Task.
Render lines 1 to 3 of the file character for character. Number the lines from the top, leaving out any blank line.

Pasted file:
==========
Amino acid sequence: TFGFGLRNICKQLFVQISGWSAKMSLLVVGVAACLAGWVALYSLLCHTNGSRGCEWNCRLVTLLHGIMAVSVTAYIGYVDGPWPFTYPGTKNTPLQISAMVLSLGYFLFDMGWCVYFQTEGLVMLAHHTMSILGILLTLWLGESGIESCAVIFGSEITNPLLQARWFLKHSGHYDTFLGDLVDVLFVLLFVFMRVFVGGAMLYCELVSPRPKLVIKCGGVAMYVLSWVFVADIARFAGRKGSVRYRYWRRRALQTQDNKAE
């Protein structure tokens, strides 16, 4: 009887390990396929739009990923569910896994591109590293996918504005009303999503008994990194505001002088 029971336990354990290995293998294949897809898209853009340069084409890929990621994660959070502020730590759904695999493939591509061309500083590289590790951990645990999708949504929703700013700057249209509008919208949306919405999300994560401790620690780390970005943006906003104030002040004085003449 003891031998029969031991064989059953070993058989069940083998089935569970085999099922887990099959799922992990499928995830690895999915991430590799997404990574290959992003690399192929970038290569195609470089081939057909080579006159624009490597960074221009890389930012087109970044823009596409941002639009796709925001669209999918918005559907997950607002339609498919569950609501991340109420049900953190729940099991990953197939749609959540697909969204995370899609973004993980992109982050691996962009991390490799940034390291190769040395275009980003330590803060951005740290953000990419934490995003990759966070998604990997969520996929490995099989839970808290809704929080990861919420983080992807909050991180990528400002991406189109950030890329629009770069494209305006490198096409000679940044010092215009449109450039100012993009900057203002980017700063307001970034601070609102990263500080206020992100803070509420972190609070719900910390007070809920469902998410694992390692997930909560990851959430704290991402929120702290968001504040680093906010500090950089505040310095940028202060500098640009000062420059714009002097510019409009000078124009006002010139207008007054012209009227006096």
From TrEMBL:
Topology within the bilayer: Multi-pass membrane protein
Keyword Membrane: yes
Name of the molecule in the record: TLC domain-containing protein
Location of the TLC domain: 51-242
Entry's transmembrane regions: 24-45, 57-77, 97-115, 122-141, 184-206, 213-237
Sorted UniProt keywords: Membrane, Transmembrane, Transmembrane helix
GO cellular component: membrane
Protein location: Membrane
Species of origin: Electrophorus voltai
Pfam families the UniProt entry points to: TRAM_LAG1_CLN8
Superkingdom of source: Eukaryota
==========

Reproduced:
Amino acid sequence: TFGFGLRNICKQLFVQISGWSAKMSLLVVGVAACLAGWVALYSLLCHTNGSRGCEWNCRLVTLLHGIMAVSVTAYIGYVDGPWPFTYPGTKNTPLQISAMVLSLGYFLFDMGWCVYFQTEGLVMLAHHTMSILGILLTLWLGESGIESCAVIFGSEITNPLLQARWFLKHSGHYDTFLGDLVDVLFVLLFVFMRVFVGGAMLYCELVSPRPKLVIKCGGVAMYVLSWVFVADIARFAGRKGSVRYRYWRRRALQTQDNKAE
């Protein structure tokens, strides 16, 4: 009887390990396929739009990923569910896994591109590293996918504005009303999503008994990194505001002088 029971336990354990290995293998294949897809898209853009340069084409890929990621994660959070502020730590759904695999493939591509061309500083590289590790951990645990999708949504929703700013700057249209509008919208949306919405999300994560401790620690780390970005943006906003104030002040004085003449 003891031998029969031991064989059953070993058989069940083998089935569970085999099922887990099959799922992990499928995830690895999915991430590799997404990574290959992003690399192929970038290569195609470089081939057909080579006159624009490597960074221009890389930012087109970044823009596409941002639009796709925001669209999918918005559907997950607002339609498919569950609501991340109420049900953190729940099991990953197939749609959540697909969204995370899609973004993980992109982050691996962009991390490799940034390291190769040395275009980003330590803060951005740290953000990419934490995003990759966070998604990997969520996929490995099989839970808290809704929080990861919420983080992807909050991180990528400002991406189109950030890329629009770069494209305006490198096409000679940044010092215009449109450039100012993009900057203002980017700063307001970034601070609102990263500080206020992100803070509420972190609070719900910390007070809920469902998410694992390692997930909560990851959430704290991402929120702290968001504040680093906010500090950089505040310095940028202060500098640009000062420059714009002097510019409009000078124009006002010139207008007054012209009227006096």
From TrEMBL: